The biggest flaw of Dragon Quest 9 is, at least that is what appears to be, the lack of personality within your customized party. None of these self-created characters will have a dramatic, heart-wrenching story. They won´t talk with each other, each one showing a different attitude. None of that. Your party is faceless. They´re a tool for combat, giving you what it takes to beat all the enemies to get through the game, but that´s it. And this is where I wondered: Why not put that up for customization, too? “That” being: Character traits and story-bits (the Jurassic Park-theme is playing as I write this, you should do so, too). Of course, I realize that this would take a lot more effort to put into reality, but it´d be worth it. And it could be as basic or complex as the respective developer wanted it to be. Varying attitudes shouldn´t be much of a problem. If you look at one of the most popular western RPGs of the year, Mass Effect 2, you´ll find out that depending on which character you have in your party, you´ll be able to listen to different conversations. Character A tells Character B something different than he would tell Character C. That is nothing to costly, it´s doable right now. And ME2 features expensive HD-3D-visuals and voice acting. A game like Dragon Quest 9 would be a lot cheaper to create in that way. That´s that for character traits. Simply let me choose from traits such as “innocent”, “loud mouth”, “secretive” or “nice guy” and we´re set. If you have four party-members and, say, ten different traits, you can calculate how many different combinations that would make. But it´s doable. As for customizing parts of the story, that´d be more complicated. Surely, the more elaborate a developer wanted his game´s story-telling to be, the more complicated, the more of an issue that would become. But again, it´s something that could be as basic or complex as the respective developer wanted it to be. For a minimum, there could be four stories to choose from, making it, if we stay with a four member-party, one story for each of your party-members. So none of these fours stories would go to waste. The only thing that´d have to be watched out for is that the attitude of a character, choosen by the player, is presented in a fitting way. But depending on the scenario, that´d be minor changes. That´s the minimum. Yet, it´d be already really awesome. Now make it five, six or more stories to choose from, or even different pieces of story that you could freely combine to create a truly unique background story for each of your party members, and it´d be even more fun. And a truly customized adventure.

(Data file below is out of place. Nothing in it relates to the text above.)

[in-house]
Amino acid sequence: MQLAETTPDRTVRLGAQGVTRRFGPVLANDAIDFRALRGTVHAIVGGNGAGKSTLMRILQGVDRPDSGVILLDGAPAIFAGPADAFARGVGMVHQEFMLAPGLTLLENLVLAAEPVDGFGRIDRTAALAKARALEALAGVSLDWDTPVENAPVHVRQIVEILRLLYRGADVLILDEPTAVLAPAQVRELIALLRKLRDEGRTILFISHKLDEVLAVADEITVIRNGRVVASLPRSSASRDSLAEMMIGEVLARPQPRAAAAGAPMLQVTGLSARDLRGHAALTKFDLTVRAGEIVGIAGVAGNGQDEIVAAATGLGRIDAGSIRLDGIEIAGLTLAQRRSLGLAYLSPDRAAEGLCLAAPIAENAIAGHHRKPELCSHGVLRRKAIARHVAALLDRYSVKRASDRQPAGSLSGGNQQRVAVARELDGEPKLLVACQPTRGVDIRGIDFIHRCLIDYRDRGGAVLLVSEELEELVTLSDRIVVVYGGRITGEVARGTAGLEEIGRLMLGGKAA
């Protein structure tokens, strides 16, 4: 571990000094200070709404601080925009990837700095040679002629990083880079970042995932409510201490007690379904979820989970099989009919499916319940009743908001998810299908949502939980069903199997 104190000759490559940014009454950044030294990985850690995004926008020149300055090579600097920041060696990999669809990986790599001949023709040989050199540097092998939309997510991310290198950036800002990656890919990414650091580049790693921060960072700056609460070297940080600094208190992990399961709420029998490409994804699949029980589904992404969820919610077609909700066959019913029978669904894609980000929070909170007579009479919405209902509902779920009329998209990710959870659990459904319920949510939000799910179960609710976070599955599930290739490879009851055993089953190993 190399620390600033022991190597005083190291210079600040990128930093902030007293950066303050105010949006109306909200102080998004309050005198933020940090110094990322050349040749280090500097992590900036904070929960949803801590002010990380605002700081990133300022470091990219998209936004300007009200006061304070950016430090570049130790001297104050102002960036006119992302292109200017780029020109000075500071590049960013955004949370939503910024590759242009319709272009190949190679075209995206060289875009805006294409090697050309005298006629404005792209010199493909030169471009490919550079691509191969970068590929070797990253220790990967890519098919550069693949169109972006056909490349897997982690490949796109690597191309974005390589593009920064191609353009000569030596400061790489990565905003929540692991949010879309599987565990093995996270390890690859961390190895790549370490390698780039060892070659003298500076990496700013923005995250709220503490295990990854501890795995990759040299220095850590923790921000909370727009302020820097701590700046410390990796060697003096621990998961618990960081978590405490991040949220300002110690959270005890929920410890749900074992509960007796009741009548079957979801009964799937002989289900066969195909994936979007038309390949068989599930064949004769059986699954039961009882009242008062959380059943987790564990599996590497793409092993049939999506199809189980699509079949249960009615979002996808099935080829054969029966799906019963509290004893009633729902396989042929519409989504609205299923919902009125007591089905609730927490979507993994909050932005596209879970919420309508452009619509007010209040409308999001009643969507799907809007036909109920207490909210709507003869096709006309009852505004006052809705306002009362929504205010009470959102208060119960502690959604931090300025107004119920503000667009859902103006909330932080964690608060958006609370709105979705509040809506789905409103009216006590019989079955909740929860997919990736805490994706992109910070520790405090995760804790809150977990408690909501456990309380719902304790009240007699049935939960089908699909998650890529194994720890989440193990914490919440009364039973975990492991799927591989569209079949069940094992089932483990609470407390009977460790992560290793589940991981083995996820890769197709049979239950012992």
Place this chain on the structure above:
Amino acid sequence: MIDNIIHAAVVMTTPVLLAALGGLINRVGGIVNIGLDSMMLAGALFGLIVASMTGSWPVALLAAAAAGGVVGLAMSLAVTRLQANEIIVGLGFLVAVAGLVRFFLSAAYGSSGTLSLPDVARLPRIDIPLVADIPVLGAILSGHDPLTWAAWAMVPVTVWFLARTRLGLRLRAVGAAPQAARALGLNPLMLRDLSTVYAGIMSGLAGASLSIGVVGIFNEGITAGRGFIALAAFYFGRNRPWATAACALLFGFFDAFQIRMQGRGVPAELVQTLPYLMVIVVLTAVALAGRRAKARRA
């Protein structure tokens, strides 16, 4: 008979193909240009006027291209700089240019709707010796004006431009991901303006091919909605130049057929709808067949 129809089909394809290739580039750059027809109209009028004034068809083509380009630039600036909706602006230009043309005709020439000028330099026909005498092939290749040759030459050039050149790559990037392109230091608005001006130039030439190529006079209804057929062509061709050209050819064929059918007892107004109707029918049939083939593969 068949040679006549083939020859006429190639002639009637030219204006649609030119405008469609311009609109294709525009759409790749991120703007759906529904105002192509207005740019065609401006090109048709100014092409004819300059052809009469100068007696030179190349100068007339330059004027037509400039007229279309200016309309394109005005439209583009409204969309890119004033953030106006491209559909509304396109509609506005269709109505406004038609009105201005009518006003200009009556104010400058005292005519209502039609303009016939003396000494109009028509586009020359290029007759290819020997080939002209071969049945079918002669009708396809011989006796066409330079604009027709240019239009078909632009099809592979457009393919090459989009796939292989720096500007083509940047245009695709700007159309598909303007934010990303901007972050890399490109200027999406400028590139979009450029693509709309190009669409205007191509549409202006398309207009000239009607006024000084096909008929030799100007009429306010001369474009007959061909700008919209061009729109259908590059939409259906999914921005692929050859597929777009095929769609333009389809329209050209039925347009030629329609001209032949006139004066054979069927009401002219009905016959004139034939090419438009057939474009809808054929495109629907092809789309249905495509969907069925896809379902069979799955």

In the end, this would be the next step of customization in video games, and the next step towards the hypothetical procedural story-telling – automatically individually generated stories that don´t suck. However, it´s a long, long way until something like that is technically possible. Until then we have to take the costly, time-consuming path and create all possible choices beforehand. But even so, it´s effort and work that´d be an enormous plus for the world of video games. Gamers want to experience individual adventures, they want to immerse themselves within believable worlds. And that´s why this is so important: Customization brings individual adventures to life.